S. A.
Mather & Platt
France
 
S.A. Mather & Platt Front Page
 
Legendary Director, Herbert North and his secretary - Mademoiselle Lassalle - in the Paris office c. 1954

Mather & Platt had been trading in France via agencies (Sydney Potter is recorded as the company's General Agent in Paris in 1910) and by its own endeavours since the late 1800s but it was not until 1921 that a fully-fledged company was incorporated in France. 1910 Firedoor advertised through S.D. Potter's Paris AgencyHead Office was set up in Paris - 9, Avenue Bugeaud, 75116 PARIS. The Fire Engineering Division at Roubaix - Park Works, 59100 ROUBAIX in the north of France and the Food Machinery works at Quimper - Atelier de l'Eau Blanche, Route de Rosporden, 29000 QUIMPER, situated about 300 miles west of Paris, overlooking the wild Atlantic Ocean. There was also a small workshop and stores in Marseilles.

Once launched, the company continued to trade successfully up to (and after) the Second World War. Its wartime experiences will be treated in a separate section at a later date. After the war business restructuring took place and life, trade and fortune took a turn for the better. The company's history was next punctuated by the global take-over by the Australian born, Wormald International, at which point its name was changed to M+P Wormald. After Tyco acquired Wormald in 1990, the prestigious Mather & Platt branding was retained and is now very much prized under the Tyco banner - and the company is still as vibrant and robust as ever it was.

Much of the history and the circumstances surrounding the operations of the French company may appropriately be left in the care of Marcel Boschi to relate through the pages containing the biography of his father, Ernest who served the company for over forty years, and for most of that time as Manager at the Park Works site in Roubaix.

Click on logo to access Ernest Boschi's Biography Back


British Chairmen of the French Company

The first S.A. Mather & Platt Chairman - appointed when the company was incorporated - was Sir John Wormald. He served from December 1921 until September 1924. The early twenties were difficult years for industry - in France as much as in Britain. The post-war period brought with it a new set of challenges and a labour force, in both countries, ready for change. By this stage in his life John Wormald was 62 and approaching well-deserved retirement. He stepped down as Chairman in France when he turned 65 and was followed in September 1924 by Loris Emerson Mather, the son of the original Mather (Sir William) - co-founder of the 1899 public company in Britain. John Wormald died in 1933.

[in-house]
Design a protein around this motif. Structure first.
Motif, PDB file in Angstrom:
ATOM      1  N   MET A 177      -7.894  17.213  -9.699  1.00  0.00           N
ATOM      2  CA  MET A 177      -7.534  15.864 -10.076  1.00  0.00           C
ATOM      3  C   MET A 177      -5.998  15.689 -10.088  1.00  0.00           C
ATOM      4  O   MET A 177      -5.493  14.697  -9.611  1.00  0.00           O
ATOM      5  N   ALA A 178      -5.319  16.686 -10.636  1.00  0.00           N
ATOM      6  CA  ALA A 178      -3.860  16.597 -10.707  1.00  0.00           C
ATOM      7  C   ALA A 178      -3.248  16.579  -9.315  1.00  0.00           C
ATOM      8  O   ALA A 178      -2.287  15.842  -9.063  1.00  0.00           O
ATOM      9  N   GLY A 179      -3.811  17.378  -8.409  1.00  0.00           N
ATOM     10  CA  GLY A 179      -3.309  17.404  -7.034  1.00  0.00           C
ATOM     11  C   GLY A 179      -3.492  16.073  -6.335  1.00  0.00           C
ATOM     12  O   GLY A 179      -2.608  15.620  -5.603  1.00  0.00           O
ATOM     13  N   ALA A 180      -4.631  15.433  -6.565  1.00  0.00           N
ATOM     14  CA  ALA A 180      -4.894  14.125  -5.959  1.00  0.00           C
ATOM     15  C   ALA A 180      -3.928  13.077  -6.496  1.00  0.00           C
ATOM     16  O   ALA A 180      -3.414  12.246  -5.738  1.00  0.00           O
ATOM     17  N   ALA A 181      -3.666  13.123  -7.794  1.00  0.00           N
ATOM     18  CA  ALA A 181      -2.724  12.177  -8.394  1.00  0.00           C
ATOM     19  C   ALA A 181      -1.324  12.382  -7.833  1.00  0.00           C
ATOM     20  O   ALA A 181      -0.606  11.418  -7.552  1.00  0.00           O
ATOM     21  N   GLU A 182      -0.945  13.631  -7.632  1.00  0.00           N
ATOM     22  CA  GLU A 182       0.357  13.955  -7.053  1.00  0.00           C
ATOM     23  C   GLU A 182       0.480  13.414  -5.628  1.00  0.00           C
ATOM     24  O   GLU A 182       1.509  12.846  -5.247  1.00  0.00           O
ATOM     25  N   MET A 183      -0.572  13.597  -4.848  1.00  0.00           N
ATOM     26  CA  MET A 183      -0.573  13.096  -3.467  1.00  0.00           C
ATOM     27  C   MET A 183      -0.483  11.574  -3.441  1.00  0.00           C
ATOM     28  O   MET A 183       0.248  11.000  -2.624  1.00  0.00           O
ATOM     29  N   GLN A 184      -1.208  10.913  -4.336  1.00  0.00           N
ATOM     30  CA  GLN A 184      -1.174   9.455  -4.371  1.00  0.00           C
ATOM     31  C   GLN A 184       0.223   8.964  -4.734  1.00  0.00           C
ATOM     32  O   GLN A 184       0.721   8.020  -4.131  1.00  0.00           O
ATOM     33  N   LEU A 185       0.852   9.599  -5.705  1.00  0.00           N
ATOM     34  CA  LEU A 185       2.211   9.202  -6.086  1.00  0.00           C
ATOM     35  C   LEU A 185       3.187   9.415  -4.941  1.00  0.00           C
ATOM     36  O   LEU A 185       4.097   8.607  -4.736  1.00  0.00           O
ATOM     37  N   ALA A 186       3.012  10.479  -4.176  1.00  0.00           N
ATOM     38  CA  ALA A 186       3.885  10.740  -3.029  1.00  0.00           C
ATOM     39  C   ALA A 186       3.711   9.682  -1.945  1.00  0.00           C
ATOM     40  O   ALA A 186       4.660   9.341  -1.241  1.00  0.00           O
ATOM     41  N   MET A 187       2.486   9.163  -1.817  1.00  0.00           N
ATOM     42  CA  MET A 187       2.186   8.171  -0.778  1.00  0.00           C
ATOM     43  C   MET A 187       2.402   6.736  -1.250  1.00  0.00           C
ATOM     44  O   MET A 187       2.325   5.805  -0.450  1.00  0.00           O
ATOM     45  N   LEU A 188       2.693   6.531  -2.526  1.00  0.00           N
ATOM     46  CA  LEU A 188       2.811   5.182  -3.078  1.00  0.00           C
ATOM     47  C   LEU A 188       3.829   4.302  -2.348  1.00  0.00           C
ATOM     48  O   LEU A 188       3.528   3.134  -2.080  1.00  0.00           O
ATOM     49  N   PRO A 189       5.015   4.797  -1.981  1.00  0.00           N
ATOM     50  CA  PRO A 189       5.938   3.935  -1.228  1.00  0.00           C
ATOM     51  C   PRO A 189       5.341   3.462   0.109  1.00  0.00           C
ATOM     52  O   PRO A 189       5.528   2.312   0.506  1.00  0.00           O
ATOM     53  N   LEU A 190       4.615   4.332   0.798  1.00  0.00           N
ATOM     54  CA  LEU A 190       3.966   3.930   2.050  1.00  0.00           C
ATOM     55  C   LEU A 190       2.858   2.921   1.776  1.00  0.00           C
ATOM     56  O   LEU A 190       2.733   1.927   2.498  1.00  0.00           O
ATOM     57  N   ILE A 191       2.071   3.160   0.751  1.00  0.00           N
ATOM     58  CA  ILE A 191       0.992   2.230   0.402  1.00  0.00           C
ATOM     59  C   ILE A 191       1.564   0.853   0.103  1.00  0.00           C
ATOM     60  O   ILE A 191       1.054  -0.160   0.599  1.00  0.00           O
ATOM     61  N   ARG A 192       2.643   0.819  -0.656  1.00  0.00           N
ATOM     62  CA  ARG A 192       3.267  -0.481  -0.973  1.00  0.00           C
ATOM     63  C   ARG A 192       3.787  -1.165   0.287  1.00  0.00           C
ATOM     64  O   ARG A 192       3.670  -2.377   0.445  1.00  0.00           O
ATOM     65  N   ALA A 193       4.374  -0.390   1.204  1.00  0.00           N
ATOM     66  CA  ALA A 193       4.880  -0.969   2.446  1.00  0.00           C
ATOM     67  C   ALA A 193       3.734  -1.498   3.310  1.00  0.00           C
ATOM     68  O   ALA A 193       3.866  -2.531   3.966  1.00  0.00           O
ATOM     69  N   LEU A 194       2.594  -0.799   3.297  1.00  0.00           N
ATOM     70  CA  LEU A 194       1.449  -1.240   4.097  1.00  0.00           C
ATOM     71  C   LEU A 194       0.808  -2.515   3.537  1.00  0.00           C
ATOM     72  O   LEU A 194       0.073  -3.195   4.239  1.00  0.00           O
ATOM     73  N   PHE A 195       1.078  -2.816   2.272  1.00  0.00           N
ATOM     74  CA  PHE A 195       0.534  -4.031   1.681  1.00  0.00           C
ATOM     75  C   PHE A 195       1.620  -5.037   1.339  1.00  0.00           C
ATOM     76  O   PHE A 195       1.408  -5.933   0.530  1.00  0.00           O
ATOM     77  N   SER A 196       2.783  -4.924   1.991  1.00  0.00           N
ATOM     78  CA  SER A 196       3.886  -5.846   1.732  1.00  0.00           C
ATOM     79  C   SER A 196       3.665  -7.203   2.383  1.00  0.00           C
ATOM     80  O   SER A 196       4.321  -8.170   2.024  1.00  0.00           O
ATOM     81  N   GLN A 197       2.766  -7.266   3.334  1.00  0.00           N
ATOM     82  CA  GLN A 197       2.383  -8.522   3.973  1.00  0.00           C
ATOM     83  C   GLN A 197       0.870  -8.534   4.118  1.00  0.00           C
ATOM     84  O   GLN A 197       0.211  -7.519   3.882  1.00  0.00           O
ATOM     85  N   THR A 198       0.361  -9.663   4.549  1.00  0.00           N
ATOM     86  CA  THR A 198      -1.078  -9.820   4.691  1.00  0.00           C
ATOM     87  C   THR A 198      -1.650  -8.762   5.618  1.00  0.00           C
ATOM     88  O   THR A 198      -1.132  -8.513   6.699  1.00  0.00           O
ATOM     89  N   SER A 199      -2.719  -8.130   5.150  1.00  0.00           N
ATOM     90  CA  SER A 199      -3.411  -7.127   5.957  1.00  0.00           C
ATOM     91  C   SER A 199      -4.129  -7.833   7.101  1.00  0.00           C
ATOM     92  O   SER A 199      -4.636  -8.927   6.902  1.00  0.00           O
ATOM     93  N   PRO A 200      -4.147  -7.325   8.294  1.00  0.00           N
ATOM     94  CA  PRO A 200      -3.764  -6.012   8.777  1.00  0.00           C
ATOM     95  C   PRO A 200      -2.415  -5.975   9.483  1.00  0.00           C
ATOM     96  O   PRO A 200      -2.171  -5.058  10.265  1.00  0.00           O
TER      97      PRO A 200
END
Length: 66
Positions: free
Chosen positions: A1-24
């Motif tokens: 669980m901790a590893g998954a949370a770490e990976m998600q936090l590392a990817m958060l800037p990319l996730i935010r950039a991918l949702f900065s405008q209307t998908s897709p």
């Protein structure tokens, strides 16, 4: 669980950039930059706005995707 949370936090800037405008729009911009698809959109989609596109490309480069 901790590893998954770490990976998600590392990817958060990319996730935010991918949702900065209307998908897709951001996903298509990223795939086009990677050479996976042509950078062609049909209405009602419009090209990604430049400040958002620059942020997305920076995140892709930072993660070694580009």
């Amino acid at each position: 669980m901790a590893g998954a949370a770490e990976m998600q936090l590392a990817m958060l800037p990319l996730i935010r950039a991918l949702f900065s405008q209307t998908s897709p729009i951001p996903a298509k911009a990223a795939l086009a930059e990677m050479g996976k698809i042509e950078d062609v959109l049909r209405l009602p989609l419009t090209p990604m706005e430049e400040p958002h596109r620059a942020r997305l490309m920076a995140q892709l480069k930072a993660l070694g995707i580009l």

Click here Back to access a picture (with names) of S.A. Mather & Platt Executive personnel who attended a luncheon at the Café de la Paix in 1922. Here also is to be found a summary of the speeches made.

Loris Mather became Chairman of Mather & Platt Ltd. in Britain shortly before the end of World War 1. He became the longest serving British Chairman of the French company and, although he resigned in France in 1950, he remained as Chairman of the parent company and always kept an avuncular eye on France. He retired from company life in 1960 and enjoyed a busy retirement. He died in 1976.

From January 1950 - May 1955, Herbert North was the Chairman. He was followed by Eustace Balfour who was the son of the British politician. He was the last British-born President, Director-General of S.A. Mather & Platt in France. He was also a man who served the company for a long time - 22 years in all - from 1956 until 1978 when Wormald International acquired global control of Mather & Platt. At this time he was given early retirement - still a comparatively young man to face such a prospect, as were several others at that point. Eustace Balfour died in 2001.

The name of the company in France was very soon changed to Mather+Platt Wormald. The Wormald element stemmed, ironically, from two of Sir John Wormald's own brothers who had set up - with his guidance - a similar company in Australia during the first decade of the century. The venture was originally called Wormald Brothers, growing through the century into an international concern, boasting by 1987 a turnover of some Au$1.5 billion before it also found itself swallowed up in the maelstrom of 1980s corporate raiding.Group photograph Paris Office Staff

Eustace Balfour

Eustace Balfour - son of the British politician.

Click on Sir John Wormald's cancelled Rights Issue to view a 1954 Paris Office group photograph.